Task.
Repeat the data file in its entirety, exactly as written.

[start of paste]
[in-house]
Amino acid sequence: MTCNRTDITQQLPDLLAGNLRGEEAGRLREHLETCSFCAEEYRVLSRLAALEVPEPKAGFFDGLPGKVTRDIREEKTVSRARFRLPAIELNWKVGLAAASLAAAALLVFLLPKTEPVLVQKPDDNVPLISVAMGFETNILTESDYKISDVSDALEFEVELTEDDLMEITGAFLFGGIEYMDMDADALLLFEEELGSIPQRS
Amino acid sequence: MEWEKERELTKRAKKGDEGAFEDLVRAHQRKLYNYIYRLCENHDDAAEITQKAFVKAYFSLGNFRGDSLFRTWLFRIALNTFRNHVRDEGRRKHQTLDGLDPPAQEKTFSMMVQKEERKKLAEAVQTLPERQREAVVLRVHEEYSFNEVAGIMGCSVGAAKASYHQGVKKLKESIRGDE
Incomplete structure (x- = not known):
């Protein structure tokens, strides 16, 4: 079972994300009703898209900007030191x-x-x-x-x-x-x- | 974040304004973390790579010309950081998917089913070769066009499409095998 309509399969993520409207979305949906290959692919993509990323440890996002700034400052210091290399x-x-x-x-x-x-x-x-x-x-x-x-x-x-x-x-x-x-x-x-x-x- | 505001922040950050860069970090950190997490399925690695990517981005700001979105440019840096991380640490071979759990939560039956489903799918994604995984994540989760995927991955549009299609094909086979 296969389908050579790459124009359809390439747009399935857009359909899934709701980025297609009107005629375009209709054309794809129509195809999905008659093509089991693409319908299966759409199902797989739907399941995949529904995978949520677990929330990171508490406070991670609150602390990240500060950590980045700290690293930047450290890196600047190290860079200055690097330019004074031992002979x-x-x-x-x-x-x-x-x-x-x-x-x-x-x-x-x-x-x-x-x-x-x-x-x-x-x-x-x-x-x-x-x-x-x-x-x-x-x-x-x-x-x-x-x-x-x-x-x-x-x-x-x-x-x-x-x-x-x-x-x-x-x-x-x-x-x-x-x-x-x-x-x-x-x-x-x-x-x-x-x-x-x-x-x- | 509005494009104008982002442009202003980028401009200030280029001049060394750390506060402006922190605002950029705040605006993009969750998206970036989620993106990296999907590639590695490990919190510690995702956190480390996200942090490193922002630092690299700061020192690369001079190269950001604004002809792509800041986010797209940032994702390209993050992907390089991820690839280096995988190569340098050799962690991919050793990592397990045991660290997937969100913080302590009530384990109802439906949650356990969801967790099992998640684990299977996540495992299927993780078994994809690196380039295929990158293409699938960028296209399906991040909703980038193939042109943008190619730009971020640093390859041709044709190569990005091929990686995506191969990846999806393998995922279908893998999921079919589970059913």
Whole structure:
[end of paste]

[in-house]
Amino acid sequence: MTCNRTDITQQLPDLLAGNLRGEEAGRLREHLETCSFCAEEYRVLSRLAALEVPEPKAGFFDGLPGKVTRDIREEKTVSRARFRLPAIELNWKVGLAAASLAAAALLVFLLPKTEPVLVQKPDDNVPLISVAMGFETNILTESDYKISDVSDALEFEVELTEDDLMEITGAFLFGGIEYMDMDADALLLFEEELGSIPQRS
Amino acid sequence: MEWEKERELTKRAKKGDEGAFEDLVRAHQRKLYNYIYRLCENHDDAAEITQKAFVKAYFSLGNFRGDSLFRTWLFRIALNTFRNHVRDEGRRKHQTLDGLDPPAQEKTFSMMVQKEERKKLAEAVQTLPERQREAVVLRVHEEYSFNEVAGIMGCSVGAAKASYHQGVKKLKESIRGDE
Incomplete structure (x- = not known):
């Protein structure tokens, strides 16, 4: 079972994300009703898209900007030191x-x-x-x-x-x-x- | 974040304004973390790579010309950081998917089913070769066009499409095998 309509399969993520409207979305949906290959692919993509990323440890996002700034400052210091290399x-x-x-x-x-x-x-x-x-x-x-x-x-x-x-x-x-x-x-x-x-x- | 505001922040950050860069970090950190997490399925690695990517981005700001979105440019840096991380640490071979759990939560039956489903799918994604995984994540989760995927991955549009299609094909086979 296969389908050579790459124009359809390439747009399935857009359909899934709701980025297609009107005629375009209709054309794809129509195809999905008659093509089991693409319908299966759409199902797989739907399941995949529904995978949520677990929330990171508490406070991670609150602390990240500060950590980045700290690293930047450290890196600047190290860079200055690097330019004074031992002979x-x-x-x-x-x-x-x-x-x-x-x-x-x-x-x-x-x-x-x-x-x-x-x-x-x-x-x-x-x-x-x-x-x-x-x-x-x-x-x-x-x-x-x-x-x-x-x-x-x-x-x-x-x-x-x-x-x-x-x-x-x-x-x-x-x-x-x-x-x-x-x-x-x-x-x-x-x-x-x-x-x-x-x-x- | 509005494009104008982002442009202003980028401009200030280029001049060394750390506060402006922190605002950029705040605006993009969750998206970036989620993106990296999907590639590695490990919190510690995702956190480390996200942090490193922002630092690299700061020192690369001079190269950001604004002809792509800041986010797209940032994702390209993050992907390089991820690839280096995988190569340098050799962690991919050793990592397990045991660290997937969100913080302590009530384990109802439906949650356990969801967790099992998640684990299977996540495992299927993780078994994809690196380039295929990158293409699938960028296209399906991040909703980038193939042109943008190619730009971020640093390859041709044709190569990005091929990686995506191969990846999806393998995922279908893998999921079919589970059913």
Whole structure: